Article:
The Only Street in Paris – Life on the Rue des Martyrs – Elaine Sciolino (2016)

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Elaine Sciolino : The Only Street in Paris

It is a good book. It tells about neighbourhood; its present, its history; religion and community; food, coffee, wine, greengrocers, fishmongers, charcuteries, cheesemongers; art, and the art of living. Rue des Martyrs is the length of half a mile, and descends from Montmartre, and in descending, crosses from the 18th arrondissement into the 9th.

The chapter that centres on the Jewish schoolgirls of the Edgar Quinet School who were rounded up in July, 1942, and later murdered, in the Second World War, with the collaboration of the French with the Nazis, is especially fine. She quotes the words of Jean-Claude Devaux, the school’s past principal, at his annual ceremony of remembrance.

            “It is now our responsibility and yours, young students, to tell others they must remember so that it will never again be possible for police to come into our classrooms as hunters…. French police came to hunt down French girls, classmates of women who are with us tonight. Be vigilant so that it never happens again. Because anything is possible, always, always. You students must transmit the message to your generation that you must not discriminate, that you must not differentiate, that there can be no killing for religion or skin color.”

Her chapter on books in France is marvellous. I quote:

            “France retains a reverence for the printed book As independent bookstores crash and burn in the United States, the market here is healthier, largely to government protections that treat the stores as national treasures. Grants and interest-free loans are available to would-be owners, and price-fixing reigns.

            “In France, booksellers—including Amazon—may not discount books more than 5 percent below the publisher’s list price. With such a small discount, many customers prefer to shop in stores, where book-loving salespeople stand by ready to offer advice and opinions. E-books (whose prices are also fixed) have yet to become a big market, except for the French classics, many of which can be downloaded for free.”

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Rue des Martyrs – lower section.

This chapter contains a section on one of the three librairies on Rue des Martyrs. The bookstore offers ten thousand titles in a shop of 215 square feet, and is in a building that has had a bookstore in it for over a hundred years. Sciolino thought that, as the shop opened at noon, that the co-owners, Gilberte and Hélène, “might be semiretired. Not so. They need mornings to read their books so they can properly advise their customers.”

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2 thoughts on “The Only Street in Paris – Life on the Rue des Martyrs – Elaine Sciolino (2016)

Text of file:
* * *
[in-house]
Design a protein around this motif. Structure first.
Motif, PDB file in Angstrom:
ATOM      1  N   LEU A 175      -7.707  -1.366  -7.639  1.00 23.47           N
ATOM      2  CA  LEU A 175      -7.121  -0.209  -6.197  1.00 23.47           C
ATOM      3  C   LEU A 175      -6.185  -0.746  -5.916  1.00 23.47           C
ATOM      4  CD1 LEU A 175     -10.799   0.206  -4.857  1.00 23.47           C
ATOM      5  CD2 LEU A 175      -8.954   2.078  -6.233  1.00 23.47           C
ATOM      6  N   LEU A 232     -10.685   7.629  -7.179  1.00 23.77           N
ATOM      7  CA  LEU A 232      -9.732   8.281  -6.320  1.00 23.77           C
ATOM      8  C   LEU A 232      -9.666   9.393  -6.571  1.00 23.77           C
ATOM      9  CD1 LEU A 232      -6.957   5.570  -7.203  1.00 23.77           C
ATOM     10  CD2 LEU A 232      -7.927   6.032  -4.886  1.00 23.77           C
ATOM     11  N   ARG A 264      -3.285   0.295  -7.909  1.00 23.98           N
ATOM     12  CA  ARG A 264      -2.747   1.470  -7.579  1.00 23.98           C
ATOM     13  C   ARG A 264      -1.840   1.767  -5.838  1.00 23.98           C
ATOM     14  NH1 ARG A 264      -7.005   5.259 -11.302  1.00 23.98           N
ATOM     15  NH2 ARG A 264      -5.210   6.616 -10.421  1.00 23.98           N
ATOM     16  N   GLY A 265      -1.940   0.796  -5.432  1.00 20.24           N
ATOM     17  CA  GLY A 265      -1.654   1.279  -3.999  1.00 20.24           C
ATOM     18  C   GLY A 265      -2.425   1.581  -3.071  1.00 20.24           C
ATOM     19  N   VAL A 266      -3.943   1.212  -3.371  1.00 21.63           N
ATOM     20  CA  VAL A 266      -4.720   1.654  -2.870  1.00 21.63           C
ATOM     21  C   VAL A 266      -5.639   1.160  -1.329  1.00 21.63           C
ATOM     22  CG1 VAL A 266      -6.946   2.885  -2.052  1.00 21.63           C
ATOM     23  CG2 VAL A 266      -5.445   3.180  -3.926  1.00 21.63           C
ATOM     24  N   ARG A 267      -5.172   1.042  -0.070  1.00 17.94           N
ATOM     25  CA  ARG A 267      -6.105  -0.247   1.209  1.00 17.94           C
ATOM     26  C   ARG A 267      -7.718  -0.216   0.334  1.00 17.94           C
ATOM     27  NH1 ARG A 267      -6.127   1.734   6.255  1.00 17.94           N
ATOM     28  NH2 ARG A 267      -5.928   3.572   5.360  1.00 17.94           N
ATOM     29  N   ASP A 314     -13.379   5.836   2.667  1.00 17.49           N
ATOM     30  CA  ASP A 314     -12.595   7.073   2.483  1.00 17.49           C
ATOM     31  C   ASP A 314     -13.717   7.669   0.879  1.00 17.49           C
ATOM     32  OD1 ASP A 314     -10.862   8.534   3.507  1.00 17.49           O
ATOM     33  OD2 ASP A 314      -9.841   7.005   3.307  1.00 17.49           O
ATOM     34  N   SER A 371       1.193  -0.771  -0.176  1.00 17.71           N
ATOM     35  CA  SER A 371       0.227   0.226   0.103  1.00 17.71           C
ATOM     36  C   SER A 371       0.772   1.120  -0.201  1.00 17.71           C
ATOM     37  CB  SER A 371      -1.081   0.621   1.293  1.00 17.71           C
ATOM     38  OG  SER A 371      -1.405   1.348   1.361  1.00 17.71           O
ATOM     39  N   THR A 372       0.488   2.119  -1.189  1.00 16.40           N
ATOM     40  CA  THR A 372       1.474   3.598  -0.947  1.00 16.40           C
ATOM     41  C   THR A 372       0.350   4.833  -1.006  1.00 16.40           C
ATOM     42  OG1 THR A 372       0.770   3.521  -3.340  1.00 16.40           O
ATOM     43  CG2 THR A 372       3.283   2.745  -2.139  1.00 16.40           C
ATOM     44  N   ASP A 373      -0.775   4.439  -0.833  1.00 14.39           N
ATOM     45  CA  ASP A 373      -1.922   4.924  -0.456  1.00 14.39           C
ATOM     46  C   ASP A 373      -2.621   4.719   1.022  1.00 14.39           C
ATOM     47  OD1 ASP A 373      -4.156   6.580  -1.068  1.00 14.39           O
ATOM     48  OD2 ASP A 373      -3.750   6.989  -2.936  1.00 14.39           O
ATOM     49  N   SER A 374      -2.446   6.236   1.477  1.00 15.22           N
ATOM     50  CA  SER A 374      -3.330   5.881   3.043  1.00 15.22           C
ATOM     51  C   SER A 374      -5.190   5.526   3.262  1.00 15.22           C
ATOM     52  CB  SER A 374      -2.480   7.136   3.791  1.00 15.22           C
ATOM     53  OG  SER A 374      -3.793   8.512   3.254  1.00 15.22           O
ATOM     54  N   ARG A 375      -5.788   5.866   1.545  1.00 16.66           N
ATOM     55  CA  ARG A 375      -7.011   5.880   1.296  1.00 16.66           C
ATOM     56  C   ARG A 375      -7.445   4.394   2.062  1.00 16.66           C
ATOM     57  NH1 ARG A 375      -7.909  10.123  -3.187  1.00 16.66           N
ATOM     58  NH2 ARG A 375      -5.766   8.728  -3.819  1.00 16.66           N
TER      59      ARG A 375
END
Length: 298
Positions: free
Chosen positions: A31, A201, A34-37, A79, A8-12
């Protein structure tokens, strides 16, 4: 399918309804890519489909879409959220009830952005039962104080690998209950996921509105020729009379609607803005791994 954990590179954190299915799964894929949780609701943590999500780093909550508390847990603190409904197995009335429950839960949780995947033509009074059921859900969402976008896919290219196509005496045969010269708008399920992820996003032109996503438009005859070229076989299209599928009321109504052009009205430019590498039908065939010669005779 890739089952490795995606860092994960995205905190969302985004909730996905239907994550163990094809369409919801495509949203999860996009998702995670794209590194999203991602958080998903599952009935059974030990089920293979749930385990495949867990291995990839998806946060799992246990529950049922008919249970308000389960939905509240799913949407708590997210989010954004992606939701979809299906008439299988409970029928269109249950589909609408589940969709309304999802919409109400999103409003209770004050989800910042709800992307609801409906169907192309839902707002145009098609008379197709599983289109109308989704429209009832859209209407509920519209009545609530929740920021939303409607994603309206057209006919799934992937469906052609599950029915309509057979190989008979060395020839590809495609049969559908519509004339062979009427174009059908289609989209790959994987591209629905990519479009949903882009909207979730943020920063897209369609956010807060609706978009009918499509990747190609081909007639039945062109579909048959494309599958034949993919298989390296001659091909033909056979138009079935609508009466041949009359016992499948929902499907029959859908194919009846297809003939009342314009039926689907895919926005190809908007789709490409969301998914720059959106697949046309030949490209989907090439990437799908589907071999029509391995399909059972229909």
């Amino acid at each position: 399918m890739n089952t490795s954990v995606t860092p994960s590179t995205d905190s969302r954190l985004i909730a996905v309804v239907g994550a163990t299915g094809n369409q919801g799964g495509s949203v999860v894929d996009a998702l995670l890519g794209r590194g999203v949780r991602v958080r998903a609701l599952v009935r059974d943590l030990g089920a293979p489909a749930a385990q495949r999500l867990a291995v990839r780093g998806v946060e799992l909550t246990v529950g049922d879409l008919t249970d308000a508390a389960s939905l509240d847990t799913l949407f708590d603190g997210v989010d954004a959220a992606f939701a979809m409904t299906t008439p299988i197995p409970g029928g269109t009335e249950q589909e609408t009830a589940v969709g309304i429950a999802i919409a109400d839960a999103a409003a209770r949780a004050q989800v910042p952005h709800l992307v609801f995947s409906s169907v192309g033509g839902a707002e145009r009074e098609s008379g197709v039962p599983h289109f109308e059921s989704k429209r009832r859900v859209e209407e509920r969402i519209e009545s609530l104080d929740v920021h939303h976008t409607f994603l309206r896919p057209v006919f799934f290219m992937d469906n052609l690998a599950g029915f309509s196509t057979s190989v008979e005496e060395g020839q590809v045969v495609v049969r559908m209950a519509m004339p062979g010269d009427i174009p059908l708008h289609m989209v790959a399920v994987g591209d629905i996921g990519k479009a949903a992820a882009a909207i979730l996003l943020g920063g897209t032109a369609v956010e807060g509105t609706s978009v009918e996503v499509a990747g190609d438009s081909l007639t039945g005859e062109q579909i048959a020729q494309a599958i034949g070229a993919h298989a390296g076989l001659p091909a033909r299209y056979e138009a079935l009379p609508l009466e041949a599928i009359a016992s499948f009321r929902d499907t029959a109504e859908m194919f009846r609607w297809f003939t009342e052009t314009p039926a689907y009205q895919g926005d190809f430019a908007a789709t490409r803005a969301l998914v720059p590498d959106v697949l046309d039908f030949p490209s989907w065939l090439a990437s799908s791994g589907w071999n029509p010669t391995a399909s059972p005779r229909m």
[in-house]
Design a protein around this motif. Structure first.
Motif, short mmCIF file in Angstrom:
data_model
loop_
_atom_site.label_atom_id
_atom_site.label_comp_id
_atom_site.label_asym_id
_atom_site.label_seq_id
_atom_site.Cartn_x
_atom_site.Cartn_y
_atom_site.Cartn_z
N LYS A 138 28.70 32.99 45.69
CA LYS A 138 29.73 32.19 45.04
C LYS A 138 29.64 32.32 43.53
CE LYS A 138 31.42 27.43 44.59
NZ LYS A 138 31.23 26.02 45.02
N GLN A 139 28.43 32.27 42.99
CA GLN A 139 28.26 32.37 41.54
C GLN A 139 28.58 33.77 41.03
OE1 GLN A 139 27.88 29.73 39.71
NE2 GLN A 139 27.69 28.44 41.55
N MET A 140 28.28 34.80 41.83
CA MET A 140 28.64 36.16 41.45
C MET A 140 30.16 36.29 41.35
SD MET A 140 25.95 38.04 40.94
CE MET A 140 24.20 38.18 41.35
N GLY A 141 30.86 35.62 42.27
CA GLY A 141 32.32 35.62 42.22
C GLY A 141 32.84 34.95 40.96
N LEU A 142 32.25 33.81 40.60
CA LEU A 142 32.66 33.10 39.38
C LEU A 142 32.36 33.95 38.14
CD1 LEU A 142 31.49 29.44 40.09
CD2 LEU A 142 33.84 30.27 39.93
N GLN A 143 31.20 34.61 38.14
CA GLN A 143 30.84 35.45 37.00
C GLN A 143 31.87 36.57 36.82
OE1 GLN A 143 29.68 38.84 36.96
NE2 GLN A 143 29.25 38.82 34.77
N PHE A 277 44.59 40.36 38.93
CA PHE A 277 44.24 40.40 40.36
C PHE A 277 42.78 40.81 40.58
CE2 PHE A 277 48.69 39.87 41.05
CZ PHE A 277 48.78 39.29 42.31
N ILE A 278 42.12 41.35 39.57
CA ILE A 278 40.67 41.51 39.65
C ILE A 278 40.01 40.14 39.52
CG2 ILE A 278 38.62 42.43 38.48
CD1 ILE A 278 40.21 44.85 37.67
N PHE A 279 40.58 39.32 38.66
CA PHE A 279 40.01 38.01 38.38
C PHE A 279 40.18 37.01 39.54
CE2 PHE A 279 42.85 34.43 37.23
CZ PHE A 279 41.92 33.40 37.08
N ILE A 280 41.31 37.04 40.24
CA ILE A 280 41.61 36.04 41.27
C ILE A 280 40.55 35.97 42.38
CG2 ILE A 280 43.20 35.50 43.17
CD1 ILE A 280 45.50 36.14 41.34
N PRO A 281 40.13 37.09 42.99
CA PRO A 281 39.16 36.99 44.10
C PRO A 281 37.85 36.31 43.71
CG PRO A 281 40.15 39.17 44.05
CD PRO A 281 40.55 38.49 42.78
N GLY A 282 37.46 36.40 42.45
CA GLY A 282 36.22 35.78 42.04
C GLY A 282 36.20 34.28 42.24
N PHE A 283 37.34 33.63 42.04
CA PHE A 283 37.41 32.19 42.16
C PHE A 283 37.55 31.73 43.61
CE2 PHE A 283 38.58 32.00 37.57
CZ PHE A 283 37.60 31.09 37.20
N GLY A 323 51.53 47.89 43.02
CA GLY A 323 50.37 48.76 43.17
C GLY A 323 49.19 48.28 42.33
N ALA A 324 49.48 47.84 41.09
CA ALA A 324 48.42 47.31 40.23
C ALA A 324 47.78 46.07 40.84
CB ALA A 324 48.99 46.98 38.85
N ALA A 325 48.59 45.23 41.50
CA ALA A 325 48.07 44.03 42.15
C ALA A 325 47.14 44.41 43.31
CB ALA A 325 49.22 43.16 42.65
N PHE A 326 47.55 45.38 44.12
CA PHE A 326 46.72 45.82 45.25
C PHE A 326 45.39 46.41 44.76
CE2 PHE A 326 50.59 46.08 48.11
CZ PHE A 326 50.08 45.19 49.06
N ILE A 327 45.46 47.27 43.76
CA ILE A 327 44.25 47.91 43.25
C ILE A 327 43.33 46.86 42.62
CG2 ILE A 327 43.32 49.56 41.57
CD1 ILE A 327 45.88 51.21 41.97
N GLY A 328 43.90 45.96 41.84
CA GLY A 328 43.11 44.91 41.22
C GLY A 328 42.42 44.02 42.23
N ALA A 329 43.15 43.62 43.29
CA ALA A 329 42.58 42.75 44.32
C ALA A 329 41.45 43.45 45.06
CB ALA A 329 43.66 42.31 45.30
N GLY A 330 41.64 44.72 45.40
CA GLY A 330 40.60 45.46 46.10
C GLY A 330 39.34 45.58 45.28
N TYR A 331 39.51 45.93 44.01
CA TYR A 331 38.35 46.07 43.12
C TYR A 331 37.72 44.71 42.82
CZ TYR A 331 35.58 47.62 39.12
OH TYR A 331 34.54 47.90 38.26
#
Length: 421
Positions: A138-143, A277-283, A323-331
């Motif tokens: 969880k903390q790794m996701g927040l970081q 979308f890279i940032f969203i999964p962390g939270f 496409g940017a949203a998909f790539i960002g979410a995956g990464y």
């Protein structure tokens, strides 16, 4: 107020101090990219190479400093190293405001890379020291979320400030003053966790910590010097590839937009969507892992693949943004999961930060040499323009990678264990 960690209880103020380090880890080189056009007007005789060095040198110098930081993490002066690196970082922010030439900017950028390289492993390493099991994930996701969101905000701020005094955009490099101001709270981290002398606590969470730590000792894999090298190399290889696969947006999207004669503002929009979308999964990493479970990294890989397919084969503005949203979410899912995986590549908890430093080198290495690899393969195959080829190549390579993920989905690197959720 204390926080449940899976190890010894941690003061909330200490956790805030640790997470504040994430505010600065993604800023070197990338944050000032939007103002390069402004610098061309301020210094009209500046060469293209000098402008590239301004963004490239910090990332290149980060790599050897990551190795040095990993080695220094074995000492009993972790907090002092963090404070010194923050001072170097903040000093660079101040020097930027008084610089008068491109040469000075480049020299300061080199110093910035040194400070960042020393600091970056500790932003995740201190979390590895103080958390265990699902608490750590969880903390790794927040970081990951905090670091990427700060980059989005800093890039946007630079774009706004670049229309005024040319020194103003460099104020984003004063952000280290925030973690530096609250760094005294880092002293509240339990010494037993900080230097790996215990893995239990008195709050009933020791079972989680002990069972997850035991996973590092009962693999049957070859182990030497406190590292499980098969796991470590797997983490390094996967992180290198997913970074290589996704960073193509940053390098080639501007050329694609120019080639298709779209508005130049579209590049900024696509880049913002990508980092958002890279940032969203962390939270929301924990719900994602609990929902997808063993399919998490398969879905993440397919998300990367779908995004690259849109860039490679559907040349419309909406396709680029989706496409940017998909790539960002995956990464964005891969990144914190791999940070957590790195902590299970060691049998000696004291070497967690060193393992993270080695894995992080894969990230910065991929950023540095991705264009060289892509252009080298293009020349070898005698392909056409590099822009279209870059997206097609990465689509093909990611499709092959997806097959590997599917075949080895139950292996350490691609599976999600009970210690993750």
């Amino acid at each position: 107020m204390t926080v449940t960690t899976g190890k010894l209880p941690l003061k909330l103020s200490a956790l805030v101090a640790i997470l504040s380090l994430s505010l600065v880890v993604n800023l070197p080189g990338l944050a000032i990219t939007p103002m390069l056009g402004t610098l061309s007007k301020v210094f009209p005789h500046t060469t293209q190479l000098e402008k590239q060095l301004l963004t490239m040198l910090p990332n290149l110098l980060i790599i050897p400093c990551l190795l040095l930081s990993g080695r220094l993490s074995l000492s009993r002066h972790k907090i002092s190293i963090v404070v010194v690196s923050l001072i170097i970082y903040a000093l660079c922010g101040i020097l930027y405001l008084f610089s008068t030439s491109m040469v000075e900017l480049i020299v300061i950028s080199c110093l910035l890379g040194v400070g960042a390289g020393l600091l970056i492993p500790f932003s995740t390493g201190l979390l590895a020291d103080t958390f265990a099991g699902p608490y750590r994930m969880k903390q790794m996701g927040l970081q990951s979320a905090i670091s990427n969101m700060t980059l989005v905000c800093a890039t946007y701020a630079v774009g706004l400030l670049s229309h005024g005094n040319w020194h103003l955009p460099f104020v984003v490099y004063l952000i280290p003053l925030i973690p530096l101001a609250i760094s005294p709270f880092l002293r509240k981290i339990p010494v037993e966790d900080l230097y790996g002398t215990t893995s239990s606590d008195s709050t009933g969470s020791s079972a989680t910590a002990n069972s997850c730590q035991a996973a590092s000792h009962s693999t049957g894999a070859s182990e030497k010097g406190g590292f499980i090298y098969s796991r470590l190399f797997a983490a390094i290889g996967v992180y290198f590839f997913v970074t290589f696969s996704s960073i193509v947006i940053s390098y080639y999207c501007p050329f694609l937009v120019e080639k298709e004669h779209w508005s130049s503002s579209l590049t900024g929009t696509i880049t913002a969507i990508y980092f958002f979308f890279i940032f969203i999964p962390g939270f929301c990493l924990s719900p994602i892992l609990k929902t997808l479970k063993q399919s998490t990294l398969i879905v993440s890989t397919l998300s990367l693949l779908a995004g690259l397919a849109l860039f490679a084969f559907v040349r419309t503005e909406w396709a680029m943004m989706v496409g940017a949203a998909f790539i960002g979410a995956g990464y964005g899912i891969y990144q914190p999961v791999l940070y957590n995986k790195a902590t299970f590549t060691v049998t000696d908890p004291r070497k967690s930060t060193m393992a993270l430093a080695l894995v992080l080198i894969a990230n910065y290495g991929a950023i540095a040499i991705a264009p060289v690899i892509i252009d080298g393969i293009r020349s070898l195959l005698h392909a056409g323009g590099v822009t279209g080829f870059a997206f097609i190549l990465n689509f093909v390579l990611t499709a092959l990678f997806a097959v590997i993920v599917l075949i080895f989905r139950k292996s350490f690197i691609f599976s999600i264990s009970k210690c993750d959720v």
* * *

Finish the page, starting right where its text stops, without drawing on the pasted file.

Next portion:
1. Thank you for your comment. The situation is similar in Canada. Universities concentrate more and more on programmes of study that are seen to yield the student quick and high monetary return; and governments increasingly insist that that is the main purpose of schools of learning, and, because almost all universities in Canada are state-supported, governments can make their insistence stick. A recent set of demands by the previous government of Alberta, for example, forced all the provinces institutions of higher learning, including the province’s major university, the University of Alberta in Edmonton, to expand professional training at the expense of faculties of music and other liberal arts. It was humiliating. But it was within the course of things that has been going on now for at least some 30 years. In addition, like in the US, most teaching is conducted by adjunct faculty, who are paid little and are hard pressed to make ends meet. Student body transformation and growth are engendered by bureaucracies of what is termed advancement but which actually is corporate fundraising and a deliberate concentration on recruitment of foreign students, for these are charged triple the domestic rate and thus are a cash cow for the institutions. Moreover, again like the US, students usually require large loans to fund their education. The laws allow bankruptcy, but not until 7 years after graduation. Some of the consequence can be seen in the disappearance of bookstores, and in the disappearance of quality in many of those that remain, which are mostly creatures of corporations. In these, staff have almost invariably no knowledge of nor any interest in what they are selling. This is not the case in the few independents that survive, but competition from organizations like Amazon is devastating; because of price, but even more so because of the proliferation of books of poor quality of content. And the lack of informed readership.

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  2. The subsidies for books stores and limits on discounts help, but the real benefit comes from an educational system that fosters a readership for a large number of books that are billed in the US as “intellectual” (and thus ‘academic’) writing. In the US, students need large loans which they carry for a long period of time and which cannot be discharged by any form of bankruptcy, This requires students to undertake studies that will produce a return on this investment. There are plenty of sources in which they may find which forms of education will pay off best. Students cannot afford to undertake courses of study which do not produce tangible benefits in a reasonable period of time. Thus many of the most renowned programs in history, liberal arts, and so forth are now in steep decline, and sustained (if at all) by adjunct (permanently non-tenured) faculty. The point, here is, in short, that the US educational system is producing a readership for, at best, escapist and entertainment oriented books.

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